Dell Technologies (NYSE: Dell) reported earnings that were above analysts' expectations, but the stock fell anyway during market hours as PC sales weighed on investor sentiment. PC sales have been declining for the year and were down around 12 percent in the first quarter. The global economy has weighed on demand as consumers have slowed purchases owing to falling purchasing power and depleting levels of savings. Shares were up 2.75% after trending lower during early trading.
For the quarter, Dell posted revenue of $26.4 billion up 9% from the previous year. Earnings per share came in at $1.68, on the higher end of consensus, which had ranged from $1.55 to $1.70 and slightly above the consensus estimate of $1.64. GAAP EPS came in at 68 cents. Dell’s valuation as a result of the second quarter earnings currently trades at a valuation, that investors might consider cheap.
Client Solutions Group, which is responsible for personal computers was up 9 percent, meanwhile, commercial revenue was up 15 percent, but consumer revenue declined by 9 percent. Dell’s Infrastructure Solutions Group was up 12 percent.
Despite weakness in PC sales, commercial sales and enterprise division continues to make up for the weakness. Dell has benefitted from new commercial models and continues to get strong demand. On the enterprise side of the business, demand for products such as PowerStore, and servers continued to also witness strong demand, with revenue for the segment coming in 16% higher.
Management stated the following
"We continued to execute well in an increasingly challenging environment with record second-quarter revenue of $26.4 billion, up 9%," said Jeff Clarke, vice chairman, and co-chief operating officer, Dell Technologies. "We also advanced our long-term strategy – growing the core while innovating for our customers and enabling their opportunities in the data era."
"We delivered strong CSG and ISG growth and profitability – with revenue up 12% and 9% respectively – although we observed more cautious customer behavior as the quarter progressed," said Chuck Whitten, co-chief operating officer, Dell Technologies. "Customers continue to prioritize advanced technology solutions to compete and succeed in the years ahead, and we are confident in our long-term opportunities."
What’s driving revenue?
Enterprise and commercial sales have been relatively more resilient to the global slowdown, and many company companies continue to have a high level of cash on their books. Consumers overspent in the previous years which led to savings falling, on the other hand, corporations, who are flush with cash, are choosing to invest in infrastructure as they try to get ahead of the current inflationary environment. And considering that cash levels, the spending is likely to continue for a couple of quarters, at least until the economy starts to show greater levels of weakness. Cloud and databases have been in a slight bubble, which resulted in slight overinvestment, but companies seem to be content investing in them for now.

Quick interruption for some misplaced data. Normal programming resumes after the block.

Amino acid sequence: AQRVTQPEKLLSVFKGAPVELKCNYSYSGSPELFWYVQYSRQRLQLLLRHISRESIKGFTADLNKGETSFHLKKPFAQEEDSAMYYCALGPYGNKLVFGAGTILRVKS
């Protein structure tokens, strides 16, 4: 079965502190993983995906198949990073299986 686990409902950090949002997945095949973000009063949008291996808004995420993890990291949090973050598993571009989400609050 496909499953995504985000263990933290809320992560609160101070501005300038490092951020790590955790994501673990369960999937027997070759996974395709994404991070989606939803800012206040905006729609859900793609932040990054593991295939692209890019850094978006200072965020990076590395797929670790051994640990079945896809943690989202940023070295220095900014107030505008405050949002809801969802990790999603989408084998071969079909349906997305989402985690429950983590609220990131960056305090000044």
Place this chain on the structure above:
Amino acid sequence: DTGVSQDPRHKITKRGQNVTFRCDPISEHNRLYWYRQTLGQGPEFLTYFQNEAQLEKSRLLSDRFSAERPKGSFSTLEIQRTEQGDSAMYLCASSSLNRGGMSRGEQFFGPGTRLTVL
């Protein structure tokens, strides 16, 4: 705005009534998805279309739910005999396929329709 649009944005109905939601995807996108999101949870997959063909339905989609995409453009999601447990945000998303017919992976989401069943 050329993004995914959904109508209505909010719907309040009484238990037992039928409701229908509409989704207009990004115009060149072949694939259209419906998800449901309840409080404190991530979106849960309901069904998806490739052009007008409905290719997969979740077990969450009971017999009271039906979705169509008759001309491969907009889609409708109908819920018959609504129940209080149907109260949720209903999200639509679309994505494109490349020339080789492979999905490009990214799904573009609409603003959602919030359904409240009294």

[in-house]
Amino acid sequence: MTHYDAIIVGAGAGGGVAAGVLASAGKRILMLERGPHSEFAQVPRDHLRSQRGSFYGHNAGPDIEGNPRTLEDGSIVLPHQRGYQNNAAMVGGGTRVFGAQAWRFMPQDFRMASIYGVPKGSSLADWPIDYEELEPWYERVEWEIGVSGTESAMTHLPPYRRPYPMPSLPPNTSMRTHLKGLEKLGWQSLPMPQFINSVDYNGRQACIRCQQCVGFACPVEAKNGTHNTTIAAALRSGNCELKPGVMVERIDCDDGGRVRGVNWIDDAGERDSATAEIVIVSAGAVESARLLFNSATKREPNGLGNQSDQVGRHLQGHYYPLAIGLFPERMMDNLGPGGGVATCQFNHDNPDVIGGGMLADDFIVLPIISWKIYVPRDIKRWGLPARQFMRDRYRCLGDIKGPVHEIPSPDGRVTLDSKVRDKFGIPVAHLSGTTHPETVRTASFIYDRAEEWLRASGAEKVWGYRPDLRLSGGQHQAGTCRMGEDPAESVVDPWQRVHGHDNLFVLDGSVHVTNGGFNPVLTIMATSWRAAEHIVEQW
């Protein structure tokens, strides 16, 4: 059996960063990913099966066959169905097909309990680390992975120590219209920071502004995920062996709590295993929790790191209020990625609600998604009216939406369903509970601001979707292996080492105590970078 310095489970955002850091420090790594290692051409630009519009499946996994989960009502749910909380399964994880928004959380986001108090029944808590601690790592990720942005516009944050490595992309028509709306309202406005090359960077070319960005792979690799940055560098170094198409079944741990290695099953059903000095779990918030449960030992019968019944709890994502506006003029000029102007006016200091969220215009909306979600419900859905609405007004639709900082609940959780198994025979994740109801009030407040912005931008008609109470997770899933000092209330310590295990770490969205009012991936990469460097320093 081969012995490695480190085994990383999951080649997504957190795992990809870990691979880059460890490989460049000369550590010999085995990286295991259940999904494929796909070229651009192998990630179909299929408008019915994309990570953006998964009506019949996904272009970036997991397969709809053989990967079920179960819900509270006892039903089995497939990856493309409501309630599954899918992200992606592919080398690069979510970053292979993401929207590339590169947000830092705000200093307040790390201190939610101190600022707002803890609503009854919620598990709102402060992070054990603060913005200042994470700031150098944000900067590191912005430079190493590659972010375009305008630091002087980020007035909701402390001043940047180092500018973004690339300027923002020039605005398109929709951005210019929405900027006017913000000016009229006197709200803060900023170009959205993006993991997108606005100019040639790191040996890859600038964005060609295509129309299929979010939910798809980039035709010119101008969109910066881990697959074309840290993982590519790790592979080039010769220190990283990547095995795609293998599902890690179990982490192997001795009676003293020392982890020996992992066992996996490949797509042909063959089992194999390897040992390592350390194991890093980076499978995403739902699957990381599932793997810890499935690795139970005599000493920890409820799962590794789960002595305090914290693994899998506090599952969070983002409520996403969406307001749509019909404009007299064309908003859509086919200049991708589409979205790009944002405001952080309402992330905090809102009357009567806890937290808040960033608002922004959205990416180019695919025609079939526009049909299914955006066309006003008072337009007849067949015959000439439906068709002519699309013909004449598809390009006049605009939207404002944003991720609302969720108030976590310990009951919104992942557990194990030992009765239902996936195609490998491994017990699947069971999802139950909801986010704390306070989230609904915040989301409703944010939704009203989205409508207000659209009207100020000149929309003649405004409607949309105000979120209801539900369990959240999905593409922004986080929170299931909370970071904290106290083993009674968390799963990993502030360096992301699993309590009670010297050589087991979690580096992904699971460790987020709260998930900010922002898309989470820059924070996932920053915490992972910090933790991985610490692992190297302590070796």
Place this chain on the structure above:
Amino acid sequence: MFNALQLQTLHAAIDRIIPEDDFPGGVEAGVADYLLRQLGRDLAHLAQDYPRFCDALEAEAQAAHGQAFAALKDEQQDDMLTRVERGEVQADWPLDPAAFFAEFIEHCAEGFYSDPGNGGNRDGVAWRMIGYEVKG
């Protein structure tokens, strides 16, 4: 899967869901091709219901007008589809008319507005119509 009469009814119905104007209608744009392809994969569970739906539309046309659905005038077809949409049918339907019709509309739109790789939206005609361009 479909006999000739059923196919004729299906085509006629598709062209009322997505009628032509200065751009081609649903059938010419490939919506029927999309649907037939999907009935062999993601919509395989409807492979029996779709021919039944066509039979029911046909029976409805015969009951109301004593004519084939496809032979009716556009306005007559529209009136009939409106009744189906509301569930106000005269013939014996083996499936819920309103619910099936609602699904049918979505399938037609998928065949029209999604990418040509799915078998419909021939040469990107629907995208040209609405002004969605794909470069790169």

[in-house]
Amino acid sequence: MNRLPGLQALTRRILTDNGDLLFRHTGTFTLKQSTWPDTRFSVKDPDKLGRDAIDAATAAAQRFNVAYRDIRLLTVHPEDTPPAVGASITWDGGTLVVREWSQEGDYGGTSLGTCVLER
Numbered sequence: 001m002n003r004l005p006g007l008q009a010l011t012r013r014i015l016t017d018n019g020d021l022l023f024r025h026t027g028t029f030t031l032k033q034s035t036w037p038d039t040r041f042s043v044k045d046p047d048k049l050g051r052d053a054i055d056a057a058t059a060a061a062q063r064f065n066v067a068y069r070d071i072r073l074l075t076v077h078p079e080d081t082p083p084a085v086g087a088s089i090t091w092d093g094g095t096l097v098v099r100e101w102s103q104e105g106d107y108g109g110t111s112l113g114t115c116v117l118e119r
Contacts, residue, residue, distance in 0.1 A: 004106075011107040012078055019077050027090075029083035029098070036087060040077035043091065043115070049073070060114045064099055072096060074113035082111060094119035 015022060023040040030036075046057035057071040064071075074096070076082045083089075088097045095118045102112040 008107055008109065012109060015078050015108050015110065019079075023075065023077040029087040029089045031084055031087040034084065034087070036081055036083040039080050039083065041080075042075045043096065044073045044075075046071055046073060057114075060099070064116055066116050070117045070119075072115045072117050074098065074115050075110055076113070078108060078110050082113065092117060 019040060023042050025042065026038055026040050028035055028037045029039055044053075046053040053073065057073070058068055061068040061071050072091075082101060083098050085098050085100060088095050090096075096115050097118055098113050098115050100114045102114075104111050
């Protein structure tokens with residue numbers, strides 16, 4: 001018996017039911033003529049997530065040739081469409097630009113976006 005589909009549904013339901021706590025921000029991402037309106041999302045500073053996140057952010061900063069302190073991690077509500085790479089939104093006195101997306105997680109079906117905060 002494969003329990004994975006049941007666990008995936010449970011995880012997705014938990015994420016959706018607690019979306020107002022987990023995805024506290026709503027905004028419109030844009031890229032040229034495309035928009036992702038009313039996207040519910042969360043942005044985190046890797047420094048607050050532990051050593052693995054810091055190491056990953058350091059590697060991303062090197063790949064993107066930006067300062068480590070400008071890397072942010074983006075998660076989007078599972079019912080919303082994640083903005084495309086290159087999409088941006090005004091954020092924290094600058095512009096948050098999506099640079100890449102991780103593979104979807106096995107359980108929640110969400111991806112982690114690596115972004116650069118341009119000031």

Cloud solutions will continue to witness strong growth, despite a very competitive industry, and are expected to continue to grow by around 15% until 2030. But, risks to the cloud remain, largely as overinvestment in cloud and data centers. A number of short-sellers have started to short the market, citing excessive exuberance, but it remains to be seen whether this thesis plays out. Demand for the enterprise and cloud side of the business is not only witnessing demand from traditional markets such as North America, but has plenty of room to grow in countries like Japan, and China, all of which will increasingly adopt cloud-based solutions.
Dell’s overall finances also remain intact, but debt remains a slight concern, with total long-term debt currently standing at $21 billion, although the current level of debt is down from the previous high of around $45 billion. Dell’s cash has also been dwindling, although the cash flow during the quarter continued to be at an acceptable level, which should help the company mitigate rising interest rates. Dell is trading at low valuations, and the market has not yet taken any significant interest in the stock as of yet, but if results keep coming in like they have this quarter, that could change quickly.
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